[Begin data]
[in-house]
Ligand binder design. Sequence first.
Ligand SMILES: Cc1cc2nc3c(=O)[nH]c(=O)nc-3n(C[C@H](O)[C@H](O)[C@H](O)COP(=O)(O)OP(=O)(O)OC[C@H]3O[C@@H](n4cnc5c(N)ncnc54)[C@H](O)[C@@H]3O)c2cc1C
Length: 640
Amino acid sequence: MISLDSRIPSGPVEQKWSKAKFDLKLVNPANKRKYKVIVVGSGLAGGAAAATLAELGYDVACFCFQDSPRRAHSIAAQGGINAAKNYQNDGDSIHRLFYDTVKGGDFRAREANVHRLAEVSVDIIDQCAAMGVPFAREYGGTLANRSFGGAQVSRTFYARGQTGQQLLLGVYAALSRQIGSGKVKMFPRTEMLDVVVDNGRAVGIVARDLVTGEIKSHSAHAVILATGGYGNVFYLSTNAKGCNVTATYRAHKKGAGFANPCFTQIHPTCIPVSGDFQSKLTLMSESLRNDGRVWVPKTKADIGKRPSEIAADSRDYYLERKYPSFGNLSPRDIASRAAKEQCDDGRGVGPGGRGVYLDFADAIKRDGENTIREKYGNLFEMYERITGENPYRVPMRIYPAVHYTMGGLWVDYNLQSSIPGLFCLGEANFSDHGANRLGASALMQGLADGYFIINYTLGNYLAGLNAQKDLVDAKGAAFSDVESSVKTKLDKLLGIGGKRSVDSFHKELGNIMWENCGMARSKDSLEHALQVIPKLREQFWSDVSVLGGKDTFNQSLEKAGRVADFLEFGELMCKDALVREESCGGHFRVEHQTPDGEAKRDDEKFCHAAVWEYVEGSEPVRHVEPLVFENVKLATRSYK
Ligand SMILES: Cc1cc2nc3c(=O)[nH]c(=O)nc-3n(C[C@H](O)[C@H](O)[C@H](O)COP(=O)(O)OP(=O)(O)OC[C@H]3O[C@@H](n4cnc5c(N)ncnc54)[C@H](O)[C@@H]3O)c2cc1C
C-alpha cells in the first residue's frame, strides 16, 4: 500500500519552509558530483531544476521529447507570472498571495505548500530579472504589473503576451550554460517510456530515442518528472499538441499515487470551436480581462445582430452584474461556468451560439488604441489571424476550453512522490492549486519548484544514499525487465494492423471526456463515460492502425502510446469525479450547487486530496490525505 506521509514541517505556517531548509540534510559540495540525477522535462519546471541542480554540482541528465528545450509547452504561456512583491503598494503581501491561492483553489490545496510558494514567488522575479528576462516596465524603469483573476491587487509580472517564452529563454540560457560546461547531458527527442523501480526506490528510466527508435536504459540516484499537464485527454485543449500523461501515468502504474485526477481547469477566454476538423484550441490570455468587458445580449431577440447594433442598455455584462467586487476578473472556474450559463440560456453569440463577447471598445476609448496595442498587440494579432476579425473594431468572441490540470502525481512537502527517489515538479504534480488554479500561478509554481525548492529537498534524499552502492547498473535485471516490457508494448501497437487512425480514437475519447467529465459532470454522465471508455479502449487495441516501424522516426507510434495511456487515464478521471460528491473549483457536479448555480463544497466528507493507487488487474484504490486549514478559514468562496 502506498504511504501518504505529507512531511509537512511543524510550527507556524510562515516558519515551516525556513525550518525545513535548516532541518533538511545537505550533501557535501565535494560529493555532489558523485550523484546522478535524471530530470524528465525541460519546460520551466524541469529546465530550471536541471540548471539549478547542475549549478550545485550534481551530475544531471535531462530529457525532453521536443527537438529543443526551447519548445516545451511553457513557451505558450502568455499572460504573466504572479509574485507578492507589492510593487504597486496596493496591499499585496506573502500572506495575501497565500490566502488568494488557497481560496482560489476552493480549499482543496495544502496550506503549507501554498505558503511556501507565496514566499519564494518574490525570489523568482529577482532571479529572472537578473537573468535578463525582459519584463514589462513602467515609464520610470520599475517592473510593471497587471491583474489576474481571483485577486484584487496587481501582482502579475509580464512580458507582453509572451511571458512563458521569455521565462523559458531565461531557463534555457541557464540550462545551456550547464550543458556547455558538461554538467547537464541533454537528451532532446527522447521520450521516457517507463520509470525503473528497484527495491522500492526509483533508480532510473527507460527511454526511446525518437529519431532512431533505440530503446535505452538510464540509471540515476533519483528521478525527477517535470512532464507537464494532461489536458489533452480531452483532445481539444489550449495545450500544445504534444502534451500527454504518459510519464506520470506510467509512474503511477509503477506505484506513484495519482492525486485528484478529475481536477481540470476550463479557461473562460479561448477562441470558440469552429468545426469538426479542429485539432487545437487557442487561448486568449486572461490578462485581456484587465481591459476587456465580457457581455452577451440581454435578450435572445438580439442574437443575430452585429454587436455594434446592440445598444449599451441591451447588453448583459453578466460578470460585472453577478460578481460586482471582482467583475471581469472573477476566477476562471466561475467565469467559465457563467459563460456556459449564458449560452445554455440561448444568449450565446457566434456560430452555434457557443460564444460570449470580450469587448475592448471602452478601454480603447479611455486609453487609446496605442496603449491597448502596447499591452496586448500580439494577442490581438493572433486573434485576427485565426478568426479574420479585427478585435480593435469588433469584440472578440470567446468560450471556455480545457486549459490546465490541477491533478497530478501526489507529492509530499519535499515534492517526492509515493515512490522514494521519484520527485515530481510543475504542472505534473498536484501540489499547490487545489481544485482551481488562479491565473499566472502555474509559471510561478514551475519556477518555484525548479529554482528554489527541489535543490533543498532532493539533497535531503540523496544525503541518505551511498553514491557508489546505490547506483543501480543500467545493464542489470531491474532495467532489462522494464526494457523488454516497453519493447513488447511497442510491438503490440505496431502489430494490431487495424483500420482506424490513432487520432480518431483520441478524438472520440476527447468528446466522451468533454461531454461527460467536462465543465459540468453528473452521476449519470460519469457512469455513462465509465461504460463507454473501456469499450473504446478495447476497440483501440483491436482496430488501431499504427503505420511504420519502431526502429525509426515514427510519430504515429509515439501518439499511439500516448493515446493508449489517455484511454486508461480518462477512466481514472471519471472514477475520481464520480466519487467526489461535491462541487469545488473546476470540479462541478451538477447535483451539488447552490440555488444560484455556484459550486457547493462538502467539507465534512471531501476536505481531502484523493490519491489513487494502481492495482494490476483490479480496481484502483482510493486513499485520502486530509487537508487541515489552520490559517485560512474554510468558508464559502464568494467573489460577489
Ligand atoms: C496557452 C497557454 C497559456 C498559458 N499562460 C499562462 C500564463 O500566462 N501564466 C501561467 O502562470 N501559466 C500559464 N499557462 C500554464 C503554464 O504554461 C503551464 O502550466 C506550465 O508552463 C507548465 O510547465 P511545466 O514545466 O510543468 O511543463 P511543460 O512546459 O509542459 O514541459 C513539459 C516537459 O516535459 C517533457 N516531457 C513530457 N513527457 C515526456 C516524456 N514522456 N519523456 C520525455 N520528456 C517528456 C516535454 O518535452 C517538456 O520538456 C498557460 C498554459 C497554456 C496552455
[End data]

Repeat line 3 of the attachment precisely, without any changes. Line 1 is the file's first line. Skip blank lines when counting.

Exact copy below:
Ligand SMILES: Cc1cc2nc3c(=O)[nH]c(=O)nc-3n(C[C@H](O)[C@H](O)[C@H](O)COP(=O)(O)OP(=O)(O)OC[C@H]3O[C@@H](n4cnc5c(N)ncnc54)[C@H](O)[C@@H]3O)c2cc1C